FIG. 2 shows a preferred application of the invention for producing electrolyte circulation in a multicell accumulator battery. In FIG. 2 only two cells are shown, but in reality a battery can comprise more than 100 cells. Each cell comprises a jar 11 containing electrodes 12 and electrolyte 13. The pump device 14 according to the invention is located above the electrolyte surface 15 and has, in the example, been shown as installed in the lid of the battery. Thus, the inlet openings of the pump device will be disposed within the space over the electrolyte, while the hose 5, which is connected to the outlet opening 9 terminates near the bottom of the jar. The hose 5 can then be connected to devices for obtaining greatest possible electrolyte circulation. This arrangement avoids the need for sucking-in air from outside the jar to produce electrolyte circulation. Instead, there is only a circulation of the gas present in the respective jars.

Although the invention has been described in connection with a preferred embodiment thereof, it will be appreciated by those skilled in the art that additions, modifications, substitutions and deletions not specifically described may be made without departing from the spirit and scope of the invention as defined in the appended claims.

Patent Citations
Cited PatentFiling datePublication dateApplicantTitle
US1503279 *Nov 17, 1922Jul 29, 1924Nixon LeroyPulsator
US3022737 *May 6, 1959Feb 27, 1962Walbro CorpFuel pump
US3586462 *May 1, 1969Jun 22, 1971Carrier CorpAbsorption refrigeration machine pump
US3807906 *Mar 24, 1972Apr 30, 1974Pumpenfabrik UrachDiaphragm pumps for delivering liquid or gaseous media
DE2211096A1 *Mar 8, 1972Sep 13, 1973Erich BeckerMembranpumpe
SE226673C * Title not available
SU494534A1 * Title not available
Referenced by
Citing PatentFiling datePublication dateApplicantTitle
US4452572 *Jul 23, 1982Jun 5, 1984Robert EvrardDry vacuum diaphragm pump
US4693947 *Apr 21, 1986Sep 15, 1987The United States Of America As Represented By The United States Department Of EnergySystem for agitating the acid in a lead-acid battery
US5011747 *May 4, 1990Apr 30, 1991Alcan International LimitedMetal/air battery with pulsed gas bubbling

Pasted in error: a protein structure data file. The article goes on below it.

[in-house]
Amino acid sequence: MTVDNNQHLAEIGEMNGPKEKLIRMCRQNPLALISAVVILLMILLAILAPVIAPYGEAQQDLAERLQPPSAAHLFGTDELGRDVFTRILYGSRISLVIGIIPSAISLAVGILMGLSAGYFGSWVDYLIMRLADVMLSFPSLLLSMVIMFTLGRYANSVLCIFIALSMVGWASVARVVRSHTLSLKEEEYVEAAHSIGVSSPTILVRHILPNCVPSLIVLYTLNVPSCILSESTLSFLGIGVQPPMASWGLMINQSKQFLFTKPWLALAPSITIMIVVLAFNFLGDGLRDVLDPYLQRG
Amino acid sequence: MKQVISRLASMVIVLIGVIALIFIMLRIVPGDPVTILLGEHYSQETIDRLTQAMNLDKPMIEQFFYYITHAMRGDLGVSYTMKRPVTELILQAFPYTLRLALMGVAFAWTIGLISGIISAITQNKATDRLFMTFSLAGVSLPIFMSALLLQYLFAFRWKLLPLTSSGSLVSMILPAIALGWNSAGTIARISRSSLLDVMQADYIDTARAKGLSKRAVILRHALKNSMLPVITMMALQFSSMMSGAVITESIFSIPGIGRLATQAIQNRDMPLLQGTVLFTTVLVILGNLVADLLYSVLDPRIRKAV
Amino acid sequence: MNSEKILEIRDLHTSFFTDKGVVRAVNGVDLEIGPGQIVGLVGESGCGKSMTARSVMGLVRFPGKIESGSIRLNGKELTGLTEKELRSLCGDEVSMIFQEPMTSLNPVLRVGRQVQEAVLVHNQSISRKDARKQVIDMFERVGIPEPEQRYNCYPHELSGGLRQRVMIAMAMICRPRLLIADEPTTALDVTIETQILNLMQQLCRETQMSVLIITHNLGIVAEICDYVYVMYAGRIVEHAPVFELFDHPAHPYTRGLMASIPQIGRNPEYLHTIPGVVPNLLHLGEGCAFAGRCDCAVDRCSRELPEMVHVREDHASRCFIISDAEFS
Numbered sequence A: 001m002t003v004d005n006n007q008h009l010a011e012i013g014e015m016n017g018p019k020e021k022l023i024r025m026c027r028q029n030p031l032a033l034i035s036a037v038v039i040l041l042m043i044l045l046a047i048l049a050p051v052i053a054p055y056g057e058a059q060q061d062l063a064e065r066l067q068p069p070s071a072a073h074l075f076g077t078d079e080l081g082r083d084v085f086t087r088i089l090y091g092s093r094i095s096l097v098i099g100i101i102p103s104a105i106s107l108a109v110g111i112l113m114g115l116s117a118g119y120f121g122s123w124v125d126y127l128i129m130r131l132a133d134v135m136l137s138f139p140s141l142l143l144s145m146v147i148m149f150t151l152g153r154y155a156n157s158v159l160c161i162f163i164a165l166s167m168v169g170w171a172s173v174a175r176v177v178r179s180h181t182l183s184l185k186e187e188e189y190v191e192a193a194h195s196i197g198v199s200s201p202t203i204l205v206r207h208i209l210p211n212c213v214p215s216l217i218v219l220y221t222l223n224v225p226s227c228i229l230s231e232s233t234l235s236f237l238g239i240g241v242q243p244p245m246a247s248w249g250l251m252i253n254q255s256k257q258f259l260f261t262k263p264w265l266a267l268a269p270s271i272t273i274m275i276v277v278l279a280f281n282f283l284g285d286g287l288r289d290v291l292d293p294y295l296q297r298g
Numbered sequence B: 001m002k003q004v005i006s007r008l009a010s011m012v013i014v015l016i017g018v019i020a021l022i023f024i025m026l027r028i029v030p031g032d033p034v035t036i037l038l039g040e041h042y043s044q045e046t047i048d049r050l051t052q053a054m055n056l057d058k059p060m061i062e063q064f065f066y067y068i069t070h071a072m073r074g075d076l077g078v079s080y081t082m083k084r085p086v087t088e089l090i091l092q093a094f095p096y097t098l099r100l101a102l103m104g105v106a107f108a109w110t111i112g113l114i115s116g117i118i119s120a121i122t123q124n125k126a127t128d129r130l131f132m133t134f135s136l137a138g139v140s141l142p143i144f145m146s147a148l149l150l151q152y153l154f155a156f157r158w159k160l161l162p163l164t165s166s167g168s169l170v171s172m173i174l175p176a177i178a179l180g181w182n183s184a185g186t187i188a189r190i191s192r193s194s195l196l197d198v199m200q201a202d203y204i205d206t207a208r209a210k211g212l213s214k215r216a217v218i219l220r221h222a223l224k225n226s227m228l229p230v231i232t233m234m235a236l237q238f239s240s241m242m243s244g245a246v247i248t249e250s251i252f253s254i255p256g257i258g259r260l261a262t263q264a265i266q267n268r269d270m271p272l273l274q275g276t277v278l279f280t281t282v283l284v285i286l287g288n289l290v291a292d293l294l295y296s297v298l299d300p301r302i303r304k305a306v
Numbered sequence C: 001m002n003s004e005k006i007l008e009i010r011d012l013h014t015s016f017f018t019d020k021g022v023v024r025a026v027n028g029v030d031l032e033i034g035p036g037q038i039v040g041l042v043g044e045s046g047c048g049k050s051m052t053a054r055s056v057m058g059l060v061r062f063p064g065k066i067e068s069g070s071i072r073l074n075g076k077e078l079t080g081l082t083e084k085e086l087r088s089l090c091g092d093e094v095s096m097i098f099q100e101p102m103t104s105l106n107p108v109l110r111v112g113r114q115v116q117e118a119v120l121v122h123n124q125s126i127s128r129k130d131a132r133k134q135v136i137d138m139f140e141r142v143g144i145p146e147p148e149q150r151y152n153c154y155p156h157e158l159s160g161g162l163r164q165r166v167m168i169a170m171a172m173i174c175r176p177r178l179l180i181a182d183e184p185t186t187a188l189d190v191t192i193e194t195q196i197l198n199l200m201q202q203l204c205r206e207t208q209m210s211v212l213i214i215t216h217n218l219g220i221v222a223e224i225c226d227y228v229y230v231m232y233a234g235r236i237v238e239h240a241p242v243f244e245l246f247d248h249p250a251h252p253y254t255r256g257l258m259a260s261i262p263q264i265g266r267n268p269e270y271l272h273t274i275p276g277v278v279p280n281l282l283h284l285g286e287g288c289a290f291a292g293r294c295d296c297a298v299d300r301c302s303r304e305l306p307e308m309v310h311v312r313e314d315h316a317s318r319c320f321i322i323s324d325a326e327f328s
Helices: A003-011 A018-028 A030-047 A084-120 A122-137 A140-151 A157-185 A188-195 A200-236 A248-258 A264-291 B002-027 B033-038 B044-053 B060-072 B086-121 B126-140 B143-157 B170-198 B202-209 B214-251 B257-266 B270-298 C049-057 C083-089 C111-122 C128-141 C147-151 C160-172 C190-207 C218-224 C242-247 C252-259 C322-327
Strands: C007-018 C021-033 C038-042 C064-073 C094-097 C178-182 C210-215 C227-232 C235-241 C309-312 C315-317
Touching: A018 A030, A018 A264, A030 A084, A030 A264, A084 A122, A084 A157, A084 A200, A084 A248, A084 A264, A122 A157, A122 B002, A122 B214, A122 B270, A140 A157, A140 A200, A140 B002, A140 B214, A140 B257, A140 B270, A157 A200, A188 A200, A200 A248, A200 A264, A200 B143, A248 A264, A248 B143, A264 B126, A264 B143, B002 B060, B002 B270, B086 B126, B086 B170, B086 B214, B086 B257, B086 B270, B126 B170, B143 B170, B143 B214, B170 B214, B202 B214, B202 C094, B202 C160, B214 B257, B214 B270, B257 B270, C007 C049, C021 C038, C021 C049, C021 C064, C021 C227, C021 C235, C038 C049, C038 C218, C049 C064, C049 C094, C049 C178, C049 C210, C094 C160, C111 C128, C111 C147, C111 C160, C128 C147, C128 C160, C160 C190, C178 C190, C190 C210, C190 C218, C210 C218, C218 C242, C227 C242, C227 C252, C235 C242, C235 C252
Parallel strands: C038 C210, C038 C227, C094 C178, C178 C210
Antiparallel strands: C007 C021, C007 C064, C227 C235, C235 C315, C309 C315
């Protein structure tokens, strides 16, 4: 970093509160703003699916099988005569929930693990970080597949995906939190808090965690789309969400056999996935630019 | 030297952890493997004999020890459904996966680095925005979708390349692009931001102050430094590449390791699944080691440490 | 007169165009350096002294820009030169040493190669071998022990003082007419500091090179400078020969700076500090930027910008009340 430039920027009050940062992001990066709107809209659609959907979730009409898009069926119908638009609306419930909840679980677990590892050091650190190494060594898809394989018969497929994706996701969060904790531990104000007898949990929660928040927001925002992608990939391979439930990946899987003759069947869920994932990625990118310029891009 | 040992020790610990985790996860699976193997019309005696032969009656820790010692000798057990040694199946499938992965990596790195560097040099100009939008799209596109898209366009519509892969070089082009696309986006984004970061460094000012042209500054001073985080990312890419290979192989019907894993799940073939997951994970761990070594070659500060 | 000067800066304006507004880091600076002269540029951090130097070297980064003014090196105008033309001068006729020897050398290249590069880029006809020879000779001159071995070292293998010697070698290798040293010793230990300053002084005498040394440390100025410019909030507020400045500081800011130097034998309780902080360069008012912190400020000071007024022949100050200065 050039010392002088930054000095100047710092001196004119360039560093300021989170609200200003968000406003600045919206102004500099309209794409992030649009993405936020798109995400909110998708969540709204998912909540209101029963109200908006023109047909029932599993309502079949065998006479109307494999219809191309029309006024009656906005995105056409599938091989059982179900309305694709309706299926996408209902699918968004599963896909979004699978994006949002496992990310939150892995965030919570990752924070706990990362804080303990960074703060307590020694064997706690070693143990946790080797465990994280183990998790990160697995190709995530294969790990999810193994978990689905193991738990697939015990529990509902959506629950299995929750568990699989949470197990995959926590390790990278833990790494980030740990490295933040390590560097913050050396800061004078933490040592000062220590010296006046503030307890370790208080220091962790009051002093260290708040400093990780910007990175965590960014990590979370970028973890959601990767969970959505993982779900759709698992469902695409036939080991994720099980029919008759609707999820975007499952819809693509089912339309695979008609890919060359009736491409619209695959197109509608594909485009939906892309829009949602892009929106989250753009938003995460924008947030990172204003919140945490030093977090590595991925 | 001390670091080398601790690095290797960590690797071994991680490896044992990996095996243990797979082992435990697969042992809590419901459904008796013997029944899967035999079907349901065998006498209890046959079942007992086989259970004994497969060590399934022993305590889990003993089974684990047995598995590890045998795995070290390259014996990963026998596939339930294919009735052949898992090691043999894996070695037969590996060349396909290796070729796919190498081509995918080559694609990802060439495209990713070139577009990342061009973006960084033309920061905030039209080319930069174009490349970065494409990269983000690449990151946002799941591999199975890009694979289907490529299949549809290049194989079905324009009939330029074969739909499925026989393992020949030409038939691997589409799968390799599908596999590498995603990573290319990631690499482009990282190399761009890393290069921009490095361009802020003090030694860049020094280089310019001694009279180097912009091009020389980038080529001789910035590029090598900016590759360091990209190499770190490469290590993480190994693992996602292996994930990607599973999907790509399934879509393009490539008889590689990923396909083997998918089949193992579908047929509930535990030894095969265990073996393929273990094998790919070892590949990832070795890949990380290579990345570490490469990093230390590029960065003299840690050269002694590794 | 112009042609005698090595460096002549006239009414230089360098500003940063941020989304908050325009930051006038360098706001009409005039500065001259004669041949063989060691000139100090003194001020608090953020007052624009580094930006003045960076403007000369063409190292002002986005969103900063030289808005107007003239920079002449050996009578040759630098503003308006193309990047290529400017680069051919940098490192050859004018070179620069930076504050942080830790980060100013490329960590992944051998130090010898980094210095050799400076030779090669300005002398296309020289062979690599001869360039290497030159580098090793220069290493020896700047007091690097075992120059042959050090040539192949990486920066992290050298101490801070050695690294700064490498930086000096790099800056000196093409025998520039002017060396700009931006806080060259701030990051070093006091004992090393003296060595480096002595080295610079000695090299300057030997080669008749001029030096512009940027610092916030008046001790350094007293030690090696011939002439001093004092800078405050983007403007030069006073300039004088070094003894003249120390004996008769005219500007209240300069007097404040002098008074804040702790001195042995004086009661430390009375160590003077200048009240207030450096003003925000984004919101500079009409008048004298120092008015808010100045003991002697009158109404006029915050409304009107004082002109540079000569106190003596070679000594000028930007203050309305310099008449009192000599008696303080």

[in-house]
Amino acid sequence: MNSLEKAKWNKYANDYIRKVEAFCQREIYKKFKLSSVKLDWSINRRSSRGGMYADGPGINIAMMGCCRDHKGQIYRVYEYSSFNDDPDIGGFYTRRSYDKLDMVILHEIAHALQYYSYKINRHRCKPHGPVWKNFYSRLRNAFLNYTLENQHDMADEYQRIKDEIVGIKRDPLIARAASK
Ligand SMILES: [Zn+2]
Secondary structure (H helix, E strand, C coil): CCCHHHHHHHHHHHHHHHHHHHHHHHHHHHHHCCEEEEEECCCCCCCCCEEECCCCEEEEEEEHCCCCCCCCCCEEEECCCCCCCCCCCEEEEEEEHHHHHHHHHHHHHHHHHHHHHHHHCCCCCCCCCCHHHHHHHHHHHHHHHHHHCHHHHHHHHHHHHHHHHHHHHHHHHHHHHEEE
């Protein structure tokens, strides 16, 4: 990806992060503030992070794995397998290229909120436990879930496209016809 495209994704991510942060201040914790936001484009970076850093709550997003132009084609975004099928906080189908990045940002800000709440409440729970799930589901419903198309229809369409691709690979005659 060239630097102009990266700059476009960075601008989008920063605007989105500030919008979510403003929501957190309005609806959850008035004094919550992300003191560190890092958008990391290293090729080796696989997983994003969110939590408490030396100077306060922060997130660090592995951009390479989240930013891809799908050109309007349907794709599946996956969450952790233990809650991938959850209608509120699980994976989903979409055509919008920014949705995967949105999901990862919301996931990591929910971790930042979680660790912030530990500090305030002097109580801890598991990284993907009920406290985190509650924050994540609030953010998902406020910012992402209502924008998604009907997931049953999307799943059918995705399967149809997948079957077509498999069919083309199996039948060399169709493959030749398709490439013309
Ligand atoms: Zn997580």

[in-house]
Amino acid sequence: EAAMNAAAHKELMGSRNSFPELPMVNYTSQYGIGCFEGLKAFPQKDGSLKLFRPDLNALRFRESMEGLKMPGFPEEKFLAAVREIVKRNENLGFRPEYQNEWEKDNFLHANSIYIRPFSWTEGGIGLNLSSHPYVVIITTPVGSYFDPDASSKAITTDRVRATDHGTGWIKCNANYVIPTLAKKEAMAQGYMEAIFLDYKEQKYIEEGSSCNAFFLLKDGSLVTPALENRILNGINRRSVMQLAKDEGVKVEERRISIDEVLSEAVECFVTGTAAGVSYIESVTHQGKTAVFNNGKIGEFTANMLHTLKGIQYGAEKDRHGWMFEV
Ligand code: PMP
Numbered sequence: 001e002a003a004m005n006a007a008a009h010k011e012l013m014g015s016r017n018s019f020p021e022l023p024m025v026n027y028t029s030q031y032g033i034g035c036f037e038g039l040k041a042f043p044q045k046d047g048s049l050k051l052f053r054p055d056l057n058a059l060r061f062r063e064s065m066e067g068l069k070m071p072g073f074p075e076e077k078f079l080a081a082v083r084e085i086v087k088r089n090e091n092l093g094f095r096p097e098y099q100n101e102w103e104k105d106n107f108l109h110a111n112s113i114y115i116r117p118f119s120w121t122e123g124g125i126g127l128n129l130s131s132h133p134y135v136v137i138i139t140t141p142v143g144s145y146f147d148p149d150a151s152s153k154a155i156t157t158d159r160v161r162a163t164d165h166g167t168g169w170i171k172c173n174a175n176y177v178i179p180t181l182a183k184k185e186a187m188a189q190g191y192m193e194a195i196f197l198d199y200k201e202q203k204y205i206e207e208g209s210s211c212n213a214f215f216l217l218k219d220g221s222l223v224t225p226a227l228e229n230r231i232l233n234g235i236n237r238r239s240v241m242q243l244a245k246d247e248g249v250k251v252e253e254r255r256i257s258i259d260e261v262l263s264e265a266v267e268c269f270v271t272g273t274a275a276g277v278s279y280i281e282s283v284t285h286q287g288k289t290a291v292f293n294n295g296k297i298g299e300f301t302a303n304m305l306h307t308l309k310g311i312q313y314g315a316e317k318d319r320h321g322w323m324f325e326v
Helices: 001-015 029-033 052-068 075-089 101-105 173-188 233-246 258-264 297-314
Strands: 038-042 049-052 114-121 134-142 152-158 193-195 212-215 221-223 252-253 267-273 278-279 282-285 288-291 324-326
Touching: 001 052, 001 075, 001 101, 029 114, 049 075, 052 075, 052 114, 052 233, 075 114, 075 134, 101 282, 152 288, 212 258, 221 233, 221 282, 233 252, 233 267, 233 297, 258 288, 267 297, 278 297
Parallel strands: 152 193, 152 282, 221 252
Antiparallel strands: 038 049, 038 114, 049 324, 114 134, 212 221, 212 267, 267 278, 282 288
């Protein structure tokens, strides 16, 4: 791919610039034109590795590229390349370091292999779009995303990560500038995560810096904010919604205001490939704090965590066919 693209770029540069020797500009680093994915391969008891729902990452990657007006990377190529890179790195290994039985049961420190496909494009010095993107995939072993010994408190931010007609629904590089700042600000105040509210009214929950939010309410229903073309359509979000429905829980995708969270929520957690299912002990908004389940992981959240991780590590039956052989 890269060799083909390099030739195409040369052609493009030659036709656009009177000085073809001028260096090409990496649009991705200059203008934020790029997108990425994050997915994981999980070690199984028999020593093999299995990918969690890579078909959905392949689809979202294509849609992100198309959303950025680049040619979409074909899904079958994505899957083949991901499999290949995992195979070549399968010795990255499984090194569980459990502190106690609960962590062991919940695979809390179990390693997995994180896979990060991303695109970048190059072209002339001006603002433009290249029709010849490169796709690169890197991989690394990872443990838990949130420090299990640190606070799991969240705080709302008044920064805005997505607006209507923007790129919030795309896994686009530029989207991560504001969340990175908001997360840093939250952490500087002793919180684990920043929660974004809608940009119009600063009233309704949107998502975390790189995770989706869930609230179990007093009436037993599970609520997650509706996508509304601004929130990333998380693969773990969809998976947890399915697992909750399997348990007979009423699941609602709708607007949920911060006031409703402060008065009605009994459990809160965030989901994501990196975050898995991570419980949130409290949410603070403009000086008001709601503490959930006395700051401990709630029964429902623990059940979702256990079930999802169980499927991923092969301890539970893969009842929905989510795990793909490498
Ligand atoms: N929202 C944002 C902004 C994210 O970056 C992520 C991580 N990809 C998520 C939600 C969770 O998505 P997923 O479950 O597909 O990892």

US5452993 *Aug 1, 1994Sep 26, 1995National Instrument Co., Inc.Sterilize-in-place diaphragm pumps
US6214489Apr 11, 1997Apr 10, 2001Olimpio StocchieroMethod and apparatus to obtain the agitation of electrolyte inside a lead-acid storage battery
US6345962 *May 22, 2000Feb 12, 2002Douglas E. SutterFluid operated pump
US6406276 *Mar 20, 1992Jun 18, 2002Deka Products Limited PartnershipConstant-pressure fluid supply system with multiple fluid capability
US6436564Dec 18, 1998Aug 20, 2002Aer Energy Resources, Inc.Air mover for a battery utilizing a variable volume enclosure
US6475658Dec 18, 1998Nov 5, 2002Aer Energy Resources, Inc.Air manager systems for batteries utilizing a diaphragm or bellows
US6759159Jun 14, 2000Jul 6, 2004The Gillette CompanySynthetic jet for admitting and expelling reactant air
US6824915Jun 12, 2000Nov 30, 2004The Gillette CompanyAir managing systems and methods for gas depolarized power supplies utilizing a diaphragm
US7839007Sep 29, 2009Nov 23, 2010Pliant Energy Systems LlcPliant mechanisms for extracting power from moving fluid
US7863768Oct 7, 2009Jan 4, 2011Pliant Energy Systems LlcPliant mechanisms for extracting power from moving fluid
US8432057Nov 12, 2009Apr 30, 2013Pliant Energy Systems LlcPliant or compliant elements for harnessing the forces of moving fluid to transport fluid or generate electricity
US8610304Jan 10, 2012Dec 17, 2013Pliant Energy Systems LlcMechanisms for creating undulating motion, such as for propulsion, and for harnessing the energy of moving fluid
US20080098883 *May 16, 2005May 1, 2008Seapower Pacific Pty LtdReciprocating Pump
US20080253902 *Apr 3, 2006Oct 16, 2008Fernando ErriuFluidic Kinetic Energy Recovery Device
DE9211814U1 *Sep 2, 1992Dec 3, 1992Accumulatorenwerke Hoppecke Carl Zoellner & Sohn Gmbh & Co Kg, 5790 Brilon, DeTitle not available
EP1947712A1 *Dec 16, 2006Jul 23, 2008HOPPECKE Batterien GmbH & Co. KGDevice for conducting a gas stream into an accumulator cell
WO1997041609A1 *Apr 11, 1997Nov 6, 1997Olimpio StocchieroA method to obtain the agitation of electrolyte inside a lead-acid storage battery
U.S. Classification429/67, 92/90, 417/383, 417/394
International ClassificationF04B43/10, H01M2/38
Cooperative ClassificationH01M2/38, F04B43/10, H01M2/385
European ClassificationH01M2/38G, F04B43/10, H01M2/38